Officials still tracking source of bovine TB in Ohio, no new cases

ANTWERP, Ohio — The investigation continues as to where an Ohio dairy herd that tested positive for bovine tuberculosis may have originated.

Positive tests were confirmed in early July on cattle from Oolman Dairy LLC of Paulding County in northwestern Ohio.

State Veterinarian Tony Forshey said the whole herd of about 2,2000 head has been depopulated, to be safe. There is no known human illness associated with this occurrence, according to the Ohio Department of Agriculture.

Forshey said “the food (beef) is safe to eat.”

Where from?

He and his staff continue their work to determine which state and which herd the infected cattle may have come. Trace-ins (cattle brought into the herd) and trace-outs (cattle leaving the herd) in as many as 17 states are being looked at. He said it could take a month or more before the investigation is complete.

“You can see the massive national web that we have,” Forshey said.

Susan Skorupski, area veterinarian for the U.S. Department of Agriculture’s Ohio and West Virginia Animal and Plant Health Inspection Service, said her office is committed to preventing human health issues, and working with Forshey to find as much as they can.

“We’re turning all the rocks over to make sure we look under each of them,” she said.

So far, no further cases of bovine TB have been reported.

About the disease. Tuberculosis is a disease caused by bacteria which affect the respiratory system. Bovine tuberculosis, also known as cattle TB, is an infectious form of tuberculosis as it infects most warm-blooded animals, including humans. It can manifest in livestock as a chronic, debilitating disease, and it may take years to develop bovine tuberculosis lesions in the lungs.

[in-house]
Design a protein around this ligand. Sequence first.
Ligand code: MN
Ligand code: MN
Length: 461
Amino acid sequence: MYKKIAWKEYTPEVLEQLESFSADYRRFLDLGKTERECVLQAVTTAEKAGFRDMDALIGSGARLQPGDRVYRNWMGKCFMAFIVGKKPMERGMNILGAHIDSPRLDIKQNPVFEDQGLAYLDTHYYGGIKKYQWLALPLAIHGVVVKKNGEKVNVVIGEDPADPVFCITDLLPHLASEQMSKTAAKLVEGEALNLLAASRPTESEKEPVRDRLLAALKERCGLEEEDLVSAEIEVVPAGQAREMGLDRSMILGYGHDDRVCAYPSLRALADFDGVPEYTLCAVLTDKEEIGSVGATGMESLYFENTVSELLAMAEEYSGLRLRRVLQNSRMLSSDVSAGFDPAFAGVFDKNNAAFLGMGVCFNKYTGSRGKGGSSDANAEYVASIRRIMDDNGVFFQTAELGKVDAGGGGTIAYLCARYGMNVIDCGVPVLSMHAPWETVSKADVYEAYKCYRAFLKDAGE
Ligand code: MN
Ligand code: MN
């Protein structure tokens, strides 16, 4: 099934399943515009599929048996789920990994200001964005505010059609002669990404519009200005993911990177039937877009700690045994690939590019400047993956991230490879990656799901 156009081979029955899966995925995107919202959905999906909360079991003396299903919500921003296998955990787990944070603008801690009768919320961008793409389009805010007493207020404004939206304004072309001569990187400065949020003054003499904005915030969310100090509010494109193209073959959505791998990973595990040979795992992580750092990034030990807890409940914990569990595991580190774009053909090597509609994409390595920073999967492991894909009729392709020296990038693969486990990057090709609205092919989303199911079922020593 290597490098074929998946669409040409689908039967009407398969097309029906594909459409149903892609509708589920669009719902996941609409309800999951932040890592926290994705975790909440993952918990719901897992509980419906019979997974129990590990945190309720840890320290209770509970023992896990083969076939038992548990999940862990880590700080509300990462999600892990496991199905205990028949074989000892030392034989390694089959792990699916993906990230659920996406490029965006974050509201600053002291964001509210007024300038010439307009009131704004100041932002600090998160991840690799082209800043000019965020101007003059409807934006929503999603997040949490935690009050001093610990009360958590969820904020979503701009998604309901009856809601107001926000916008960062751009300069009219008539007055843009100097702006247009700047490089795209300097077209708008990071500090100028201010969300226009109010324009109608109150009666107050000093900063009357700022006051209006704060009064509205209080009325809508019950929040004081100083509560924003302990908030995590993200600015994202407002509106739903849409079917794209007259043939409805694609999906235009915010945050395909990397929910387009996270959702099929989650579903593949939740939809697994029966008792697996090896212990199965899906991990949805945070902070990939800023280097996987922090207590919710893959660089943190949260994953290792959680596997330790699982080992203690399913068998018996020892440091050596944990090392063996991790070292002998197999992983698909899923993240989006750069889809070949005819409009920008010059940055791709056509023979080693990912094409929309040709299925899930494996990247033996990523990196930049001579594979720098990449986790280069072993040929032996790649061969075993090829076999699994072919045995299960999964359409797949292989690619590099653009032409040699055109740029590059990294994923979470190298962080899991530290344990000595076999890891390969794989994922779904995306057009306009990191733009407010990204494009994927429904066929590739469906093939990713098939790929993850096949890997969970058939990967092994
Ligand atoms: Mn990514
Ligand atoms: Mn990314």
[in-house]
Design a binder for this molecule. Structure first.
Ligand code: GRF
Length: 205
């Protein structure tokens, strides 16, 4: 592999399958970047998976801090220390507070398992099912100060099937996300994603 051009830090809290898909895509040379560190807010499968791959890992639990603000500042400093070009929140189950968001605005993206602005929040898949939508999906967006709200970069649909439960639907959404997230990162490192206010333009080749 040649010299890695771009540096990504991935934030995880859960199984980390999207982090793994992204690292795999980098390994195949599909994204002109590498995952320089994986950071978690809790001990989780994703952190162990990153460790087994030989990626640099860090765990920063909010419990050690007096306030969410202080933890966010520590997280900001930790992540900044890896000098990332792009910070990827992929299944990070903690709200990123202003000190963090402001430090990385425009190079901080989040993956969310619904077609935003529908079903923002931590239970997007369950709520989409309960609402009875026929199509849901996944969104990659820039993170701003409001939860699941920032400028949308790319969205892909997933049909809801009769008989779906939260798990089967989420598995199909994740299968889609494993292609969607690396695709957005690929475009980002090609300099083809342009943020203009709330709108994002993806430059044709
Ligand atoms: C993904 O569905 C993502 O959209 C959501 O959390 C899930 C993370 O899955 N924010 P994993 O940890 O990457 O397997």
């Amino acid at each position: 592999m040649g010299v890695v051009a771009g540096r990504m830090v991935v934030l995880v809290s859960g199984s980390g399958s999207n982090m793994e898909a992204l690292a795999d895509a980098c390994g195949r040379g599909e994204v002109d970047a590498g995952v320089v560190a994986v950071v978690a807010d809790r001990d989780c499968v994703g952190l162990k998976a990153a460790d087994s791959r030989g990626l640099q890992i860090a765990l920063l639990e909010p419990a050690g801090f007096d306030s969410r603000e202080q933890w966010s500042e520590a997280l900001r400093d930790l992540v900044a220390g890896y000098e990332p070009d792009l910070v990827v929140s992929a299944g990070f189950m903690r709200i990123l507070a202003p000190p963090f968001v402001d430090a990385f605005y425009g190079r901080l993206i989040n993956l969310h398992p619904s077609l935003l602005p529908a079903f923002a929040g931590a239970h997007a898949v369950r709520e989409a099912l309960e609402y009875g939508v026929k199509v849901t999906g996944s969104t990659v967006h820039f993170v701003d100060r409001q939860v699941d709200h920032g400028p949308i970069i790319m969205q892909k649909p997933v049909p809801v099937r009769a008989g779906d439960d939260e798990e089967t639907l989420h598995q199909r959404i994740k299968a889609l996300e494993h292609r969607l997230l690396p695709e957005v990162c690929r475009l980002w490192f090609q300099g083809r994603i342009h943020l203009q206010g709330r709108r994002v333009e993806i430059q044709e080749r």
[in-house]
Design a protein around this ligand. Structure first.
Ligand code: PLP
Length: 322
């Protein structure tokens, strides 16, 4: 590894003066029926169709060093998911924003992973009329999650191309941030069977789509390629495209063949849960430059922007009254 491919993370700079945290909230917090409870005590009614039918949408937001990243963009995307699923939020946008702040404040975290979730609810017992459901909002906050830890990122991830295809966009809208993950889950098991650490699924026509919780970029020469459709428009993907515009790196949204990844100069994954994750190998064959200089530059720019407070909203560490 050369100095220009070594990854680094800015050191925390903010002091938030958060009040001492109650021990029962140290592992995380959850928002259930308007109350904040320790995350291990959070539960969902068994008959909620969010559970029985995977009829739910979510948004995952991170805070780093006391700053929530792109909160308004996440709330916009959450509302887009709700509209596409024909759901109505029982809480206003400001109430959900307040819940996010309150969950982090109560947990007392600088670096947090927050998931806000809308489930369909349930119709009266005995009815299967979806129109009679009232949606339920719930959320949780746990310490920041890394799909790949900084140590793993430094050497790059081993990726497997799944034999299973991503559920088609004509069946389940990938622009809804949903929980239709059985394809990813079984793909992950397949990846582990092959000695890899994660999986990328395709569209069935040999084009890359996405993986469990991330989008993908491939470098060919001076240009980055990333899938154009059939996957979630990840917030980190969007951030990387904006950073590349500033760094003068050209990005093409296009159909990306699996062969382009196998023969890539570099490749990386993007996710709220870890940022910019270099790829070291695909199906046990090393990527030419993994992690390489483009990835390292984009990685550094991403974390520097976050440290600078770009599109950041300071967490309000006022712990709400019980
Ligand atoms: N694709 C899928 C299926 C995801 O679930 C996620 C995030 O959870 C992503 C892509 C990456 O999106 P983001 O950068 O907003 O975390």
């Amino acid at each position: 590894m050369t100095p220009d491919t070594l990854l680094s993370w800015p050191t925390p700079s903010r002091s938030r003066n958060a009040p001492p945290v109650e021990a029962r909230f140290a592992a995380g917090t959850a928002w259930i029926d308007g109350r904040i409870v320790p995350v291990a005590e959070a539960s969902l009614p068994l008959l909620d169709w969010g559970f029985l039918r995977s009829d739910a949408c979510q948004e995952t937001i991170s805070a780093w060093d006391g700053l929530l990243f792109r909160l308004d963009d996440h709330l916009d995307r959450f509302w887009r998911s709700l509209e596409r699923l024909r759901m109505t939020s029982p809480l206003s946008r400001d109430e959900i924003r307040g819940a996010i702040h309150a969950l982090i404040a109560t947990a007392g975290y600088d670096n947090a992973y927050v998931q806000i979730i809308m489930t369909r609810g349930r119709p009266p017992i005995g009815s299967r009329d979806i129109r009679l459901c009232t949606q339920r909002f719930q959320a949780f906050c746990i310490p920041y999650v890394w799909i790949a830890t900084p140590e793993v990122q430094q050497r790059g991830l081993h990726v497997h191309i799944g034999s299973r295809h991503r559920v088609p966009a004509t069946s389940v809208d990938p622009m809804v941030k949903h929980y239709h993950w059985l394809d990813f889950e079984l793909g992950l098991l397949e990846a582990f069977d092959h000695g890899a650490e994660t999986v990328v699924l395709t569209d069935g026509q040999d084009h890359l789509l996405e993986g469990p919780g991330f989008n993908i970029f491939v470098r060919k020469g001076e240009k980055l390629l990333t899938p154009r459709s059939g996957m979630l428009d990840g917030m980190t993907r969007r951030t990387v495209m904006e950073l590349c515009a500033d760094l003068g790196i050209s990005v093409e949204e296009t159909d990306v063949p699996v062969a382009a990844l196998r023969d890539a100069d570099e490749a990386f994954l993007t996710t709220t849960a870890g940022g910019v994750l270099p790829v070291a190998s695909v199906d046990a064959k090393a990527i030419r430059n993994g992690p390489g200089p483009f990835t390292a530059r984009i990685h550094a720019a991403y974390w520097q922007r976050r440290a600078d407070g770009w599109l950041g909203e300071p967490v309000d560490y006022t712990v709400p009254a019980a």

Airborne exposure from coughing and sneezing is considered to be the most frequent way in which bovine tuberculosis is spread, but it can also occur through consumption of contaminated water, feed or unpasteurized milk.

The phone number listed for Oolman Dairy is no longer in service. A manager from the farm was reached by email, but declined to comment.

About the Author

Chris Kick lives in Wooster, Ohio. An American FFA Degree recipient, he holds a bachelor’s in creative writing from Ashland University. He spends his free time on his grandparents’ farms in Wayne and Holmes counties. More Stories by Chris Kick

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